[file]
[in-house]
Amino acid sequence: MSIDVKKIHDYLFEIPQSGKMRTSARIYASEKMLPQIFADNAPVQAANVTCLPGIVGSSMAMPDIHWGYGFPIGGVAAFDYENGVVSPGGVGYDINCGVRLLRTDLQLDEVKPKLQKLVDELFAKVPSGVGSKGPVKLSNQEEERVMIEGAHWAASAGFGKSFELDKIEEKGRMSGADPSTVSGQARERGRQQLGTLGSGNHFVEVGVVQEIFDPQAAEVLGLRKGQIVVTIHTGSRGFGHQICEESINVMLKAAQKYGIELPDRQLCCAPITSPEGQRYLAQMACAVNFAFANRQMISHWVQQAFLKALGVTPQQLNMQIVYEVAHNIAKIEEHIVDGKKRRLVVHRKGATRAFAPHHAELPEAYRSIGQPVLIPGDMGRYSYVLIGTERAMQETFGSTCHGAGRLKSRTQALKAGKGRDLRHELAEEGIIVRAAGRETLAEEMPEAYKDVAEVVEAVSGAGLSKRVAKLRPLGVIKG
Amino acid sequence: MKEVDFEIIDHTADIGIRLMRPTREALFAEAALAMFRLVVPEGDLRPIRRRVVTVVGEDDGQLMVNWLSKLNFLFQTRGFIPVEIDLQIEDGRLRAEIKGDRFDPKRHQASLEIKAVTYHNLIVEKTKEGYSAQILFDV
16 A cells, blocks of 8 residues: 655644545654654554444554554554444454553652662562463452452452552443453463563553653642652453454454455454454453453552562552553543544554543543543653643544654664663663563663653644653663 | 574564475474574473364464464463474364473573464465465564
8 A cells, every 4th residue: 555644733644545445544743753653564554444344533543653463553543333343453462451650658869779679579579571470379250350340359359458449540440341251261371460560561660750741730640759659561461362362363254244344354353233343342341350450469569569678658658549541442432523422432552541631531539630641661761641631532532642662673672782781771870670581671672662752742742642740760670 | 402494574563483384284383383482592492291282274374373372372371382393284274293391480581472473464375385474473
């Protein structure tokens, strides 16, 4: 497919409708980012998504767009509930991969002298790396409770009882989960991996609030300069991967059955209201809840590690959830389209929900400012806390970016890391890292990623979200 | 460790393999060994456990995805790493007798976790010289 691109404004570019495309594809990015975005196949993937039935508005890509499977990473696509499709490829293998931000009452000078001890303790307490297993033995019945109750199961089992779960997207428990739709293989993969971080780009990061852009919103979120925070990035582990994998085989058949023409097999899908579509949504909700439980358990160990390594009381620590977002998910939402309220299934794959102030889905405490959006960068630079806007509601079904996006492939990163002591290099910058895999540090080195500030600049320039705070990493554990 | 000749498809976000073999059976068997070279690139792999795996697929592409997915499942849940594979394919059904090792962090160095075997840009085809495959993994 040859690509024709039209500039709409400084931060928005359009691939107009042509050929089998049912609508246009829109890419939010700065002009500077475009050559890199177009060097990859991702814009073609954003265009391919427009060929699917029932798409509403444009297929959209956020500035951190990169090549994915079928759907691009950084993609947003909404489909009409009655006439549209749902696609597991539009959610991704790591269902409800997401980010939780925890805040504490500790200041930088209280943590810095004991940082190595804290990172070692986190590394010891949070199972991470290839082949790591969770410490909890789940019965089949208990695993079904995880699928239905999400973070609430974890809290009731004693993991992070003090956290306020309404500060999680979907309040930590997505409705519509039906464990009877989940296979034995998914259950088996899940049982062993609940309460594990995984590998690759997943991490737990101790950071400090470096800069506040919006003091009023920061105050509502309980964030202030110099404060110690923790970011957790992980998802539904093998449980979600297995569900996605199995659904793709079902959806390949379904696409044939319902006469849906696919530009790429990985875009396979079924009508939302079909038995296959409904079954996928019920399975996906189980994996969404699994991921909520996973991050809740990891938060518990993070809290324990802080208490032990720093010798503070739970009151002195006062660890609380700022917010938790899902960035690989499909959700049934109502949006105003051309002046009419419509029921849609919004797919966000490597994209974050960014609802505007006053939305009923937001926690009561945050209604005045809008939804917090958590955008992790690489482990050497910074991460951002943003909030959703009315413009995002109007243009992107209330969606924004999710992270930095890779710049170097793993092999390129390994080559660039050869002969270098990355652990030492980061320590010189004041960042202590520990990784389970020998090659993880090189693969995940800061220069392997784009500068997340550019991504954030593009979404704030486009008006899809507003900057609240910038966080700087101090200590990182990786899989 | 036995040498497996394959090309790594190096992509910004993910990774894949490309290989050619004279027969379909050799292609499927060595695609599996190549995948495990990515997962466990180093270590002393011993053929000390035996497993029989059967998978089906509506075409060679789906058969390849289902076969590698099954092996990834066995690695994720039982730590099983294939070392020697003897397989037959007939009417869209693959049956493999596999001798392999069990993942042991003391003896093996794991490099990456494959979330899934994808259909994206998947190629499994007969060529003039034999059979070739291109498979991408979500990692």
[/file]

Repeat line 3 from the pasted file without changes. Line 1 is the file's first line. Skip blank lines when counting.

Amino acid sequence: MKEVDFEIIDHTADIGIRLMRPTREALFAEAALAMFRLVVPEGDLRPIRRRVVTVVGEDDGQLMVNWLSKLNFLFQTRGFIPVEIDLQIEDGRLRAEIKGDRFDPKRHQASLEIKAVTYHNLIVEKTKEGYSAQILFDV